Clinicians have a new reference tool to distinguish between Escherichia coli that are potentially commensal versus pathogenic in the urinary tract, thanks to careful cataloguing at Vanderbilt University Medical Center.
In a data brief and associated article in the Journal of Molecular Biology, researchers published detailed microbiologic data and clinical symptomatology associated with 303 urinary isolates. The downloadable dataset can aid clinicians in determining whether an E. coli isolate is likely to cause asymptomatic bacteriuria (ASB) or urinary tract infection (UTI)/cystitis.
“There are currently no clinical tests that differentiate asymptomatic bacteriuria from symptom-associated urinary E. coli isolates,” the authors wrote. “Here, we are able to group isolates by patient symptom status, which allows us to look for predictors of disease state or identify potentially diagnostic biomarkers.”
Leading the effort is Maria Hadjifrangiskou, Ph.D., associate director of the Vanderbilt Institute for Infection, Immunology and Inflammation. Hadjifrangiskou has spent over a decade studying E. coli pathogenesis and host interactions. E. coli is the most common cause of UTI, she says, but can also colonize the urogenital tract asymptomatically.
“The same species that cause a UTI can then be found in the urine of healthy patients without any associated signs or symptoms,” Hadjifrangiskou said. “A major challenge in preventing and managing UTIs is distinguishing strains that actually cause them.”
“A major challenge in preventing and managing UTIs is distinguishing strains that actually cause them.”
A Comprehensive Assessment
Hadjifrangiskou’s team used Vanderbilt’s MicroVU infrastructure to link the urinary E. coli isolates to deidentified EHR data (including sex, age, collection setting, associated infections, recent catheterization, pregnancy, diabetes, urinary tract abnormalities, asymptomatic bacteriuria, immune status and associated infection). All of the isolates were found in patient urine samples at levels higher than 100,000 colony-forming units per milliliter.
The isolates were grown in human urine at both atmospheric and low oxygen levels (akin to the hypoxic bladder environment). Then, isolates were subjected to morphologic assessments and biofilm assays.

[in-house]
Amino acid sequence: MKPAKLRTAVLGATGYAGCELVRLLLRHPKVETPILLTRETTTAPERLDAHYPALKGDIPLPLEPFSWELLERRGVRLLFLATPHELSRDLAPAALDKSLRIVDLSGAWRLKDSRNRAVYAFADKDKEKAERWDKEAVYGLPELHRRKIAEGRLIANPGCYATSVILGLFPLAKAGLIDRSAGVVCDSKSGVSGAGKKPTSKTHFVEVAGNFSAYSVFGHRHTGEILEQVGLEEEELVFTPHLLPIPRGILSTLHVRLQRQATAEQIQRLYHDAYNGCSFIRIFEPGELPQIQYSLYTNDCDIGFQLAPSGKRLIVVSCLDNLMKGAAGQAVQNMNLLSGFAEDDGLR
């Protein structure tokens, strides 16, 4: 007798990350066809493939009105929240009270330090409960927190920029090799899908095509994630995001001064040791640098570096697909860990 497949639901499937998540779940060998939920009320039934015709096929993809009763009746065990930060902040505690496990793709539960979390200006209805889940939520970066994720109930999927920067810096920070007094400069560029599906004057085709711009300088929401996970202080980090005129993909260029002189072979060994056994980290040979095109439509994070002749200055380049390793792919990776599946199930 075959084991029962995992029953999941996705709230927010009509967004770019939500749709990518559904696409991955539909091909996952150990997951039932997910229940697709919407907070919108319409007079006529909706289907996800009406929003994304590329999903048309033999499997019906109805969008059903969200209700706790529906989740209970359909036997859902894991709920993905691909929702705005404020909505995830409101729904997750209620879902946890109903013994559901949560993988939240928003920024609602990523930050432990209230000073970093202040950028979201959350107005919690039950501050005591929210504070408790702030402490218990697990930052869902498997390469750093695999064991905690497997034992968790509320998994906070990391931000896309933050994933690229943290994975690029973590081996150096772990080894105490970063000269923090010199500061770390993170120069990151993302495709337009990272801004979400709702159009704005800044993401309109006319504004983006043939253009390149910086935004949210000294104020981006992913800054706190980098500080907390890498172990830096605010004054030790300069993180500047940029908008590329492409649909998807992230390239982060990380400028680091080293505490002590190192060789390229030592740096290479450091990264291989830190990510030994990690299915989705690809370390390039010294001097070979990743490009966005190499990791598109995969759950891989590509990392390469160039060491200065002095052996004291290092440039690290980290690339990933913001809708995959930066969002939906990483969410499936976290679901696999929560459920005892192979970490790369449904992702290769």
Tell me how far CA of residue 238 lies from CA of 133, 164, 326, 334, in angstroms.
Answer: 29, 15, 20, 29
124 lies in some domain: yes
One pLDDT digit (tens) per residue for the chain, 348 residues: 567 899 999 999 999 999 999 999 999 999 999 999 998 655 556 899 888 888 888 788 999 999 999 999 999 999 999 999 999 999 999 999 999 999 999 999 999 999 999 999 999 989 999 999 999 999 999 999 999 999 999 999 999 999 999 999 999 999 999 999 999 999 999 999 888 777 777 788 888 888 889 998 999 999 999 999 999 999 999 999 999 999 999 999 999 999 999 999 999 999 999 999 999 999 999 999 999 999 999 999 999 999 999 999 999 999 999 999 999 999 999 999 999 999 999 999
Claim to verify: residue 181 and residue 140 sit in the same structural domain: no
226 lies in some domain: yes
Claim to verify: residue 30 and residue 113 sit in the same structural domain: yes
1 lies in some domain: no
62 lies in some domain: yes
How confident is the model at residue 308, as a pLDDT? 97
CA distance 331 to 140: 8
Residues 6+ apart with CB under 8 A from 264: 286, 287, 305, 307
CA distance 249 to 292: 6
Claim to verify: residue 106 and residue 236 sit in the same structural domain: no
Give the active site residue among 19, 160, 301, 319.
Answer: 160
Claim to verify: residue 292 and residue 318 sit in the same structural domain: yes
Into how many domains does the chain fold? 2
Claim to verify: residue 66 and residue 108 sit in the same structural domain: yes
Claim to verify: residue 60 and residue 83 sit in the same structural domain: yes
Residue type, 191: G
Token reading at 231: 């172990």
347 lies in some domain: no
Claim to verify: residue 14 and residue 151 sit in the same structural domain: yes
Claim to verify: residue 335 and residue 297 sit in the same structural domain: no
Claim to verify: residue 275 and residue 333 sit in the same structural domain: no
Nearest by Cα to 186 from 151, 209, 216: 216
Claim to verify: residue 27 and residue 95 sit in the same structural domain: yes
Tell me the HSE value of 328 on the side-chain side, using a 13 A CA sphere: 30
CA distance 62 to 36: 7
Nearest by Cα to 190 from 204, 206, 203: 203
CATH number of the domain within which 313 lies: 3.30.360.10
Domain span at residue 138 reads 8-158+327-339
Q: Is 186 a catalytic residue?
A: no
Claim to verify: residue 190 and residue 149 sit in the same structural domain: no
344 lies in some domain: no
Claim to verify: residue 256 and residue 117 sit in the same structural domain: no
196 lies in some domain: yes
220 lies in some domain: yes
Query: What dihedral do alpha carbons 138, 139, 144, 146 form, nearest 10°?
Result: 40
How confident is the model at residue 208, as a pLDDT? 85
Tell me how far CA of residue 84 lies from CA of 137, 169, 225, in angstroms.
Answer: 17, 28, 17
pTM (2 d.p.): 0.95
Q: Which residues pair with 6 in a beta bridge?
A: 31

Researchers also used liquid chromatography tandem mass spectrometry to compare metabolites released into the growth media by asymptomatic bacteria and cystitis-causing bacteria. In total, the team identified 6,711 distinct compounds produced by the growing bacteria, of which 429 were identifiable in existing libraries and showed statistical differences in abundance between the two groups of E. coli.
“These data can be used as a tool to distil a metabolic signature to differentiate ASB- and cystitis-associated E. coli strains,” the authors wrote.
Distinct Differences to Inform Diagnosis
The two groups of E. coli had variable colony morphologies that cannot be used to distinguish disease-causing isolates. Similarly – and surprisingly – the ability of an isolate to form a biofilm in vitro did not correlate with any disease symptoms. However, the researchers say rates of Congo red dye uptake may be something that could help clinical laboratories rapidly distinguish isolates most likely to cause UTI.
“These data can be used as a tool to distil a metabolic signature to differentiate ASB- and cystitis-associated E. coli strains.”
A deeper dive into the metabolomic data found lower guanosine and higher adenosine taken up by asymptomatic E. coli versus UTI-associated isolates, which suggests distinct mechanisms may underlie nutrient uptake in the groups. Said Hadjifrangiskou, “In the future, we can apply additional algorithms to test for phenotype-clinical outcome and genetic associations that may not have been incorporated here.”
A Wealth of Strategies to Evade Detection
E. coli have a wide variety of virulence factors to support asymptomatic colonization. These include adherence factors, nutrient scavengers, and quorum sensing molecules used for communication. As one example, published in Nature Communications, Hadjifrangiskou and colleagues showed uropathogenic E. coli can create a safe haven in vaginal cells to evade immune detection.
Each isolate’s arsenal is slightly different. Hadjifrangiskou says the extensive phenotypic heterogeneity among E. coli isolates rarely correlates with clinical symptoms. Instead, precise molecular signatures, compiled from large collections of isolates like those in the present study, are required to dissect the matter of colonization versus infection likelihood.
“If we are able to pinpoint metabolic differences that can be detected with a colorimetric assay in urine, combined with a possible genomic signature,” she said, “we hope in the future to have a robust and reliable tool to quickly decipher the isolates likely to cause infection and reserve antibiotic use for those.”